How did Akbar’s Son murder a Great Writer? (Post No.4576)

Written by London Swaminathan 


Date: 2 JANUARY 2018


Time uploaded in London- 19-22



Post No. 4576

Pictures shown here are taken from various sources such as Facebook friends, Books, Google and newspapers; thanks.



Killing journalists and writers in modern times hits the headline in newspapers. One reason for this is journalists belong to those newspapers. So these news stories get good publicity. Another reason is the opposition parties are waiting for some murder or mayhem so that they can get good political mileage from this violence. But there was a time in Indian history these things went unnoticed.


Moghul rule is notorious for fratricide and patricide. Apart from these killing of close relatives, writers were also killed in a planned manner. Salim, Moghul emperor Akbar’s son, made plans for the murder of Abul Fazl, famous poet of the period.


How and Why?

When Akbar was over 60 years of age around 1600 CE, he appointed his eldest son Salim (who was known as Emperor Jahangir later) as the Vice Royal of Allahabad. He had access to lot of revenue and he declared himself as an independent monarch. He struck coins of gold and copper and sent them to his father Akbar. Akbar was very angry and wanted his son to be learn economics. Afterwards he wrote to his trusted minister Abul Fazl to take steps to bring Salim to reason. Abul Fazl was the author of Akbar Nama (life history of Akbar) and Ain-i- Akbari.

Abul Fazl started at once to Agra to meet Akbar. In the meantime, Salim came to know about it and he planned to waylay him. He made a plot with Birsingdeo (Veera Simha Deva) whose territory lay across the Moghul highway to North. Birsingdeo was the ruler of Orcha Kingdom. He was not in good terms with Akbar.


Though Abul Fazl received some warnings he ignored them and proceeded to Agra. He never thought that Salim would kill him.


Between Narwar and Antri, not far from Gwalior (M.P.), Birsingdeo was waiting with 500 armed men and the conflict was unequal. Abul Fazl was killed and his head was sent to Salim (later Jahangir). Later Salim tried to justify his murder on the ground that Abul Fazl plotted against him and he prevented a reconciliation between him and his father Akbar.

Jahangir (Salim) wrote in his Memoirs, “By God’s grace, when Shaikh Abul -i- Fazl was passing through Birsingdeo’s territory, the Raja blocked his road and after a little contest, scattered his men and killed him. He sent his head to me in Allahabad”.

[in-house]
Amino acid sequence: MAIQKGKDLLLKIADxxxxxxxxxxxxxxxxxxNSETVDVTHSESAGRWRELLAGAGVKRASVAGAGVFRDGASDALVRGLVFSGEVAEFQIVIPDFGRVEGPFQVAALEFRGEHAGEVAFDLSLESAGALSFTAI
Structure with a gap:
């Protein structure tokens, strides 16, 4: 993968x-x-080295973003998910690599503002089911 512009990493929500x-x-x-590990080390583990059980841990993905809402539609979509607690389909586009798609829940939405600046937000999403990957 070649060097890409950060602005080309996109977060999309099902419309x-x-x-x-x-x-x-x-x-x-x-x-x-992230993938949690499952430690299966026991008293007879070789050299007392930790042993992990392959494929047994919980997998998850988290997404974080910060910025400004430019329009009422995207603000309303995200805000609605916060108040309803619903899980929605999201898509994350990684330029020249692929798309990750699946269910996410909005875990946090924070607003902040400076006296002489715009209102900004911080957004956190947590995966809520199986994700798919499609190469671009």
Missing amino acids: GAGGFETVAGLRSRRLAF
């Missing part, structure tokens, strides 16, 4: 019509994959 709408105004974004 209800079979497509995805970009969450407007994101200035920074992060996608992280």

Akbar was furiously angry at the crime and gave orders to hunt down Birsing Deo. But he disappeared into the forests before Akbar’s army captured the fort of Orcha.

When Salim became Emperor Jahangir, Birsing Deo was restored to high honours. Jahangir made him the Ruler of Orcha in place of his elder brother, and gave him the exalted rank of Commander of Five Thousand.



Birsing Deo– A Hero!

Birsing Deo’s name deserves to be rescued from the oblivion into which it has lapsed, on account of the splendid buildings he left to posterity. He built a beautiful temple at Muttra which was later destroyed by Aurangzeb. He built palaces at Orcha and Datia. It is said that he built 52 temples and palaces. In an auspicious hour fixed by the astrologers he laid the foundations for those 52 structures. Some of them include the palaces at Orcha, Datia,the templs at Orcha and Chatarburj, fortress of Dhamoni, the Jhansi citadel and many bridges. He was a great builder.

His own tomb, above he Betwa at Orcha, is a gigantic square stone edifice flanked by  massive towers and surmounted by a huge dome. The sword with which he cut off Abul Fazl’s head is in the State Armoury at Tikamgarh.


After their deaths, Birsing Deo and his son Hardol Lala attained the status of demi gods. Hardol Lala became more famous owing to his tragic fate, which fired the popular imagination. He was unjustly accused by his brother Jhujar Singh, then the chief of Orcha, of having illicit intimacy with his wife and he  was compelled to drink the poison of Datura plant.

Akbar worshipping sun

The ghost of Hardol Lala was feared and propitiated by the peasantry of Bundelkhand; he became a popular saint, worshipped at weddings and in epidemics of cholera; a temple was built for him at Datia, and a shrine outside every village in the region; and the cult spread as far north as Lucknow.





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